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  • Writer's pictureRon Bushner

Neuromuscular: The relationship of nerves and muscles

Updated: May 8, 2019

Most of us have a basic understanding of the anatomy of our muscles. How the nervous system and the skeletal muscles work together is less well understood. Adult bodies have about 46 miles of nerves, many of them inside our muscles. The nerves are embedded in muscles, as the images in the Appendix illustrate.

This aspect of the nervous system—that nerves are embedded in muscles—is key to cultivating an awareness of the body. The term neuromuscular identifies the functional connection between nerves and muscles. Together, they function as a single network to transmit information necessary for movement. “Neuro” refers to the nervous system which is made up of: the brain and its cranial nerves; the cord that runs from the brain through the spine; and the nerves that branch from the spinal cord. Visualizing this network is a roadmap for exploration. The nature of that exploration and the nuances of our perception are discussed below.

Until recently, “fitness” focused on muscle—training it, conditioning it, building it. For many years a general attitude prevailed in physical culture: “Use your muscles to move bones; the nervous system will follow your instructions.” Physical culture and fitness have changed dramatically in recent times, but vestiges of this old attitude remain.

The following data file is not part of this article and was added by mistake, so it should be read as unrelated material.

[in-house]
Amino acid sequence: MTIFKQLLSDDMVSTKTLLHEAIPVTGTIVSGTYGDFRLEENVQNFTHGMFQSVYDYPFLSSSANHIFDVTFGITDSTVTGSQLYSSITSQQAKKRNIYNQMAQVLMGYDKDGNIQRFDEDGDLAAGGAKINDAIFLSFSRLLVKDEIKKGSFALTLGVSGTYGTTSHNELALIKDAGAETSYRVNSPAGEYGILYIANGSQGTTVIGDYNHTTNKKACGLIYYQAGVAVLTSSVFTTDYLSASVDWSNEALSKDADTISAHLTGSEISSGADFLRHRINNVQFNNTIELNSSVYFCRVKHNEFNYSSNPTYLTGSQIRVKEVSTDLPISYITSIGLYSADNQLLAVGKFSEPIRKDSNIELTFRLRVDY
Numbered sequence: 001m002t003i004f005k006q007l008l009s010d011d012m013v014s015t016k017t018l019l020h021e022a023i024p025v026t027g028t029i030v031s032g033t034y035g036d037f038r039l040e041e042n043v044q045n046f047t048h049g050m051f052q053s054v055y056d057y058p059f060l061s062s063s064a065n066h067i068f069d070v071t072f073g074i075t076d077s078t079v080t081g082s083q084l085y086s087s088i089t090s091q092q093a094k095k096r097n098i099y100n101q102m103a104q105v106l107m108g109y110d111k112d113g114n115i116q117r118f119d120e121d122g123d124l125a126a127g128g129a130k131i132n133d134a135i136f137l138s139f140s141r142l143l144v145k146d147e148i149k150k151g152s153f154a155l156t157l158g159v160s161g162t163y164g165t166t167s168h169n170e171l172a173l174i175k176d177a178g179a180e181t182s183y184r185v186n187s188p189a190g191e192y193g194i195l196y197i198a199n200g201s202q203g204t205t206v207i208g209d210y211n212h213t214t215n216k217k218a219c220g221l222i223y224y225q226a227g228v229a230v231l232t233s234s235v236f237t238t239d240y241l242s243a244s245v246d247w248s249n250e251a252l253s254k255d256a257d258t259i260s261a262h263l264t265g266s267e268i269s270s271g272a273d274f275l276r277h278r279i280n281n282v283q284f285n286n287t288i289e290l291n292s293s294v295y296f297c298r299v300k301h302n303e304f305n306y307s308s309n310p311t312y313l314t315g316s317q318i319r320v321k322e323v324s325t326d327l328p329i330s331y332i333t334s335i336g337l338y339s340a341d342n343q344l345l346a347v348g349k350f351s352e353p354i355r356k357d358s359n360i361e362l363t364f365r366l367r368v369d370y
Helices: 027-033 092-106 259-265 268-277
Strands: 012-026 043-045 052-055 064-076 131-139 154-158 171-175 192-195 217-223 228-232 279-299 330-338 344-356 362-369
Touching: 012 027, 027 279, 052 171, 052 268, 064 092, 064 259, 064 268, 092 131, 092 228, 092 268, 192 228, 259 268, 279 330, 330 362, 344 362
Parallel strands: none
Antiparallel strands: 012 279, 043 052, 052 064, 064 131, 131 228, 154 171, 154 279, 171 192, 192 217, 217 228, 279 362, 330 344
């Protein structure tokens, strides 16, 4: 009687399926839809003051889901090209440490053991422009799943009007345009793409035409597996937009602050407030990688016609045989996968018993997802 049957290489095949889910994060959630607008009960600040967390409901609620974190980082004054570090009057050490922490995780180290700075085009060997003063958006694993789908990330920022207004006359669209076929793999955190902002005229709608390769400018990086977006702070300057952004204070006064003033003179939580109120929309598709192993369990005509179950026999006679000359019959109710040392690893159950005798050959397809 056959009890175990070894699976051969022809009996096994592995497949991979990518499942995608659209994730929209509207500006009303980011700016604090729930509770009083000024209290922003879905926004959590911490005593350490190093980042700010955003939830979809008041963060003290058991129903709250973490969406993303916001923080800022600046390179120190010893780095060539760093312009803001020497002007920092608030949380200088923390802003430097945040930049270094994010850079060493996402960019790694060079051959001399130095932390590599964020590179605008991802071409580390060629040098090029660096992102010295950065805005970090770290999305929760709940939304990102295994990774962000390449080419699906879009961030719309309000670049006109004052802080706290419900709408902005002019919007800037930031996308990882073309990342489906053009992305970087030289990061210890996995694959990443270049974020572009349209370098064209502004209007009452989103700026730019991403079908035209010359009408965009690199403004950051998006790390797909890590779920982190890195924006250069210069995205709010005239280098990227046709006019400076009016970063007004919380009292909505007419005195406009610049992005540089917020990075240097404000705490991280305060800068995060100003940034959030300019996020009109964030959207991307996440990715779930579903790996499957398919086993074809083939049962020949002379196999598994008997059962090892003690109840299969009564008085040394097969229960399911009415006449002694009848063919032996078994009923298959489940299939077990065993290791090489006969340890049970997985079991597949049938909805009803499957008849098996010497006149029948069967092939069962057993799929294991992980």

Body awareness cultivates the opposite perspective on fitness: developing and refining awareness of the neuromuscular system gives us access to information that allows us to move efficiently, in a healthy, natural way, without harm. (NB: movement may also refer to holding the body still in a balanced, stable position.) Having an awareness of how muscles and nerves work together allows us to make an informed choice about how we use our bodies.

Body awareness is a tool that can be used to build fitness from the nervous system out.

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